'Hoodies' hot topic at Woodrow Wilson
New policy receives mixed feedback from parents, students
When Woodrow Wilson Elementary principal Nancy Van Wyk instituted a new policy banning hooded sweatshirts or “hoodies” from classrooms this week, many parents and students misunderstood the intent behind the new policy.
In a letter that was both emailed and sent home to parents Tuesday, Van Wyk explained why the school implemented the new policy.
“One easy step we are going to take at WW, to eliminate classroom distraction, is to have students leave 'hoodies' in their lockers,” she wrote. “It's been too convenient for students to pass cigarettes and hide cell phones in them.”
In an interview, Van Wky noted that sixth grade kids having both regular and electronic cigarettes was a new problem that hadn't occurred in recent WW history. Van Wyk also noted that cell phones going off in class was a big distraction for teachers and students alike.
Almost immediately after the letter went out Tuesday, parents and students responded. Students opposed to the new rule circulated a petition and Van Wyk said she had received numerous phone calls from parents. Van Wyk said she is thrilled by the response from both groups on the matter.
“I was beaming,” she said of the responses. “I got engagment with parents. Parents were calling me; they were interested in what was going on; they wanted to understand it and how it was affecting their kid. I've had a chance to communicate with a lot more parents.”
Van Wyk was also pleased with how her students responded.
“More exciting than that even, this morning I had 10 or 12 kids in my office wanting to talk to me about, 'Why do we have to wear this?' and it was great," Van Wyk continued. "I looked at them and said, 'Now, what's the real problem?' and they said kids are bringing cell phones and cigarettes and passing them around and not following the rules.”
Van Wyk said she challenged those kids to come up with a solution to the problem and is currently waiting to hear back from them.
“Other parents are saying to me, 'Thank you, thank you for being on top of this, even though we have to go through this measure, we know you have our kids' best interest in mind,'" she said.
On the Daily News Facebook page, parents were what they thought about the new policy. Reaction was mixed.
“Passing cigarettes is an epidemic at the elementary school?” Andrew Swihart asked. “What if the hoodie is part of their outfit for the day? It would make me mad if my kid had to store his new Iowa hoodie in a locker all day instead of wearing it. You going to start patting them down everyday at the door too?”
Lisa Versendaal commented: “My children are upset by this, they live in hoodies! I'm not sure that this is a solution, kids will just find another way to pass them. If it's that big of an issue, then the school should provide uniforms instead of parents having to buy new clothes that they are allowed to wear!”
In a second letter to parents sent out Wednesday, Van Wyk wrote that parents should not go out and buy new clothes. In the previous letter she wrote:
“If students are chilly during the day, they are certainly welcome to wear unhooded sweatshirts without pockets, or sweaters inside of the building,” Van Wky said. “Students will continue to wear any sweatshirt, jacket or coat for recess or other outside activities.”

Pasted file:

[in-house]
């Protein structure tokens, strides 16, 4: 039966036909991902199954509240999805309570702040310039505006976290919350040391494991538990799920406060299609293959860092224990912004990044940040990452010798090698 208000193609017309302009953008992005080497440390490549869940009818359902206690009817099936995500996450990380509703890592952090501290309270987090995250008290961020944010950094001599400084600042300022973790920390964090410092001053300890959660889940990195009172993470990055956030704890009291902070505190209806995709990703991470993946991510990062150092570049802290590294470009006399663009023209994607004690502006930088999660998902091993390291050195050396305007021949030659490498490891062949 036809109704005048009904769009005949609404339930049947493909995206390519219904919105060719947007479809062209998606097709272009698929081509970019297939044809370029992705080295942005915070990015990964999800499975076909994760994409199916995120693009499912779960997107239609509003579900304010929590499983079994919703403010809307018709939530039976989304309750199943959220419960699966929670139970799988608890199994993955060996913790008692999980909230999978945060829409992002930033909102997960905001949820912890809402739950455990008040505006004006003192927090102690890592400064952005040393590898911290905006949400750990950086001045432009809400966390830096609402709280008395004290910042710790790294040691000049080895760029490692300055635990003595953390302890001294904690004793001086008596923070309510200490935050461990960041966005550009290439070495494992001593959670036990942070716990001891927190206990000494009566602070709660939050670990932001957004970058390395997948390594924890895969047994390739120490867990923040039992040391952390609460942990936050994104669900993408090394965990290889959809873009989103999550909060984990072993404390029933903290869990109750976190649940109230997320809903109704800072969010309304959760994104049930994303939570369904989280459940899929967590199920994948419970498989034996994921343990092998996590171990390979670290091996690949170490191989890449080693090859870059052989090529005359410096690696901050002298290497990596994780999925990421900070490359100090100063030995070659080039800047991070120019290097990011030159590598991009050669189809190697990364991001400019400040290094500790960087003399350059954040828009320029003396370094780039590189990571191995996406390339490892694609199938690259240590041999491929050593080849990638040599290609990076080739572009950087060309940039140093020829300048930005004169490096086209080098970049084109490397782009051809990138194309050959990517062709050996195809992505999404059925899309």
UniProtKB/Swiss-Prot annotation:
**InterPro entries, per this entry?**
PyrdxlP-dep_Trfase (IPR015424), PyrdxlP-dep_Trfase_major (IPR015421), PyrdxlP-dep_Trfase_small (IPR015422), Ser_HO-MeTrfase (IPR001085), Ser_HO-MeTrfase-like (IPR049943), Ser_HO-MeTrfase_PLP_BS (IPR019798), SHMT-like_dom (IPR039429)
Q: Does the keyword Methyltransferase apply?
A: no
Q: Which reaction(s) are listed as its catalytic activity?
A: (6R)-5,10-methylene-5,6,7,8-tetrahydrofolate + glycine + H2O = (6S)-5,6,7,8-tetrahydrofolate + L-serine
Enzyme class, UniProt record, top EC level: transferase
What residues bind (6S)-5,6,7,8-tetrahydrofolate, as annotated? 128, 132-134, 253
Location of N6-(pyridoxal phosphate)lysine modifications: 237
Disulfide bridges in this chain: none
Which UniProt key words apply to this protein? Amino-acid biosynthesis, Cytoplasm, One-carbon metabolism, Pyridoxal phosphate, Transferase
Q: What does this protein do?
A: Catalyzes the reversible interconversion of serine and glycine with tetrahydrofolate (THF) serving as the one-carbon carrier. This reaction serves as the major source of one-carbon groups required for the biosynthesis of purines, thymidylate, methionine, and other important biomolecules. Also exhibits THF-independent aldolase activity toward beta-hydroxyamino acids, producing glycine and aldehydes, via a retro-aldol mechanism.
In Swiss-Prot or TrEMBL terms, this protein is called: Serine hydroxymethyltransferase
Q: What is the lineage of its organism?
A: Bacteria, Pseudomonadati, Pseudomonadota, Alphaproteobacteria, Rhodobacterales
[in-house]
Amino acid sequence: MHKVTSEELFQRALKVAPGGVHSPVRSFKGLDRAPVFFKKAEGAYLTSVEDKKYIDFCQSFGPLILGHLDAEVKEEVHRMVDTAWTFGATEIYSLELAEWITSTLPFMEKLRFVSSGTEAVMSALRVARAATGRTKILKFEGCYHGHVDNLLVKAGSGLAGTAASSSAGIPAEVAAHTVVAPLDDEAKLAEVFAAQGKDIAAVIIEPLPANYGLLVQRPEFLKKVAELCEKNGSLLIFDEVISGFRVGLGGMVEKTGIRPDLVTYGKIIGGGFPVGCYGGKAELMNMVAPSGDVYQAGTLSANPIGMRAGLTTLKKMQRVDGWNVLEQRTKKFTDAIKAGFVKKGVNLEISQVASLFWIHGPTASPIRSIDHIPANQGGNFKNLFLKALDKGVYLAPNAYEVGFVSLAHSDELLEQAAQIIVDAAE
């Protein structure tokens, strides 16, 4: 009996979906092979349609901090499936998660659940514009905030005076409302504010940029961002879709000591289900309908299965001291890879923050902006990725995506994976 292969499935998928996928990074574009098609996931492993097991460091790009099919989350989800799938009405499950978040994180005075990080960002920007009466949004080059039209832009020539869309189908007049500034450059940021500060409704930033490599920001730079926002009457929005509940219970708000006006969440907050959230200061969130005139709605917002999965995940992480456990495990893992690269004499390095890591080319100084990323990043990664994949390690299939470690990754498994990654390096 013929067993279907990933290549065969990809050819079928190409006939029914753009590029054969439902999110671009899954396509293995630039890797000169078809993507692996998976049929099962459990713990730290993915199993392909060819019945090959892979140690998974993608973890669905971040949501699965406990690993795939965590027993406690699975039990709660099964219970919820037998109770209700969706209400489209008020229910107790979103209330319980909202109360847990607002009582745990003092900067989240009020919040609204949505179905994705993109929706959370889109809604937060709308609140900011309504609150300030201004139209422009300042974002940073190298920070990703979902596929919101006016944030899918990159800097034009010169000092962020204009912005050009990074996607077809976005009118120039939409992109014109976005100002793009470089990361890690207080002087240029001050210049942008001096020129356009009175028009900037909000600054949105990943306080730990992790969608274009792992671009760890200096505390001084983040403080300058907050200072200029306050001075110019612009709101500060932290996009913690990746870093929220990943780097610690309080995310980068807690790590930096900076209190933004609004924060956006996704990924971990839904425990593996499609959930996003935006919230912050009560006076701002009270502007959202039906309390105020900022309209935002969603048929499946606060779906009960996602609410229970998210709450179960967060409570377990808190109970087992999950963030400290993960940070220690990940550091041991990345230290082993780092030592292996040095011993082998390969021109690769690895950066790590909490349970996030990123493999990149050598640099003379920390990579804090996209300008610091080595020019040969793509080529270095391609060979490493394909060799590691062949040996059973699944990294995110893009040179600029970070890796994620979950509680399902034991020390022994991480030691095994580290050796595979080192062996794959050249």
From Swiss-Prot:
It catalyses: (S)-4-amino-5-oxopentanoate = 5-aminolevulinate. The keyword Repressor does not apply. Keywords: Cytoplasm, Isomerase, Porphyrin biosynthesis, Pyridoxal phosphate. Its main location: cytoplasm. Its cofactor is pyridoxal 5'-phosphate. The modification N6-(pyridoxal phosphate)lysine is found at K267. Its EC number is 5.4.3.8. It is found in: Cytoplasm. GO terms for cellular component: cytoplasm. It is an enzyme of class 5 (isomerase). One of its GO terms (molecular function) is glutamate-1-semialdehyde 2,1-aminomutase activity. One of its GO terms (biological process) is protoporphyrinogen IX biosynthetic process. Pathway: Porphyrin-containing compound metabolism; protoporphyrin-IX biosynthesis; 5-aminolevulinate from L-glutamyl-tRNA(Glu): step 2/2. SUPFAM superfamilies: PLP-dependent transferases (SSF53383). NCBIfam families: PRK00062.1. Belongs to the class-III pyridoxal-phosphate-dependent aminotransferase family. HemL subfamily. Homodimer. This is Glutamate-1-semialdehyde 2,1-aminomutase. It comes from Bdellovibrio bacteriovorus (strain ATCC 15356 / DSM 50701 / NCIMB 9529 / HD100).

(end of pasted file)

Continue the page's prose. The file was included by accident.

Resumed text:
Some Facebook commenters were very supportive of the new policy.
Randi Williams commented: “I like how everyone is defending the fact they should still keep the hoodies on rather than addressing the real issue at hand, why are elementary students passing cigarettes?,” Williams said. “If they are cold wear a sweatshirt that's not a hoodie; simple answer. Wow, what is this world coming to? If that's not solving the problem at least its' a start. Maybe if it would start at home it wouldn’t have to be addressed at school.”
Amanda Dannels commented: “I'm sorry but I don't believe if it was a one-time instance they would make the rule that (they) couldn't wear hoodies. It's obviously a problem or they would just punish the people responsible. Maybe we should all be more concerned about how kids are getting cigarettes to pass in school. I have to say, it sounds like if they get away with that, what's next? Stop it before bigger problems surface like kids taking weapons. Our children should be safe in school, so if it means the they to wear a sweater without a pocket, then so be it!”
The Newton Community School District has strict policies against tobacco and electronic devices use on school grounds. The electronic policy states that:
“Students will not be allowed to have electronic devices such as pagers, two-way radios, electronic games, radios, iPods, laser lights, toys, etc. in school. These cause interruptions and can become a nuisance.”
The alcohol, tobacco and drugs policy states:
“All Newton Community Schools facilties are smoke-free. The use or possession of alcohol, tobacco in all forms, or drugs, other than those prescribed by a doctor, at school or school functions, is forbidden. Violation of this policy by students will result in disciplinary action.”
Van Wyk wrote she thinks the situation will resolve itself and thinks the kids will help come up with a solution.
“We are going to take just this simple step so that we can continue on with teaching kids,” she said.
Staff Writer Ty Rushing may be contacted at (641)-792-3121, Ext. 426, or email@example.com
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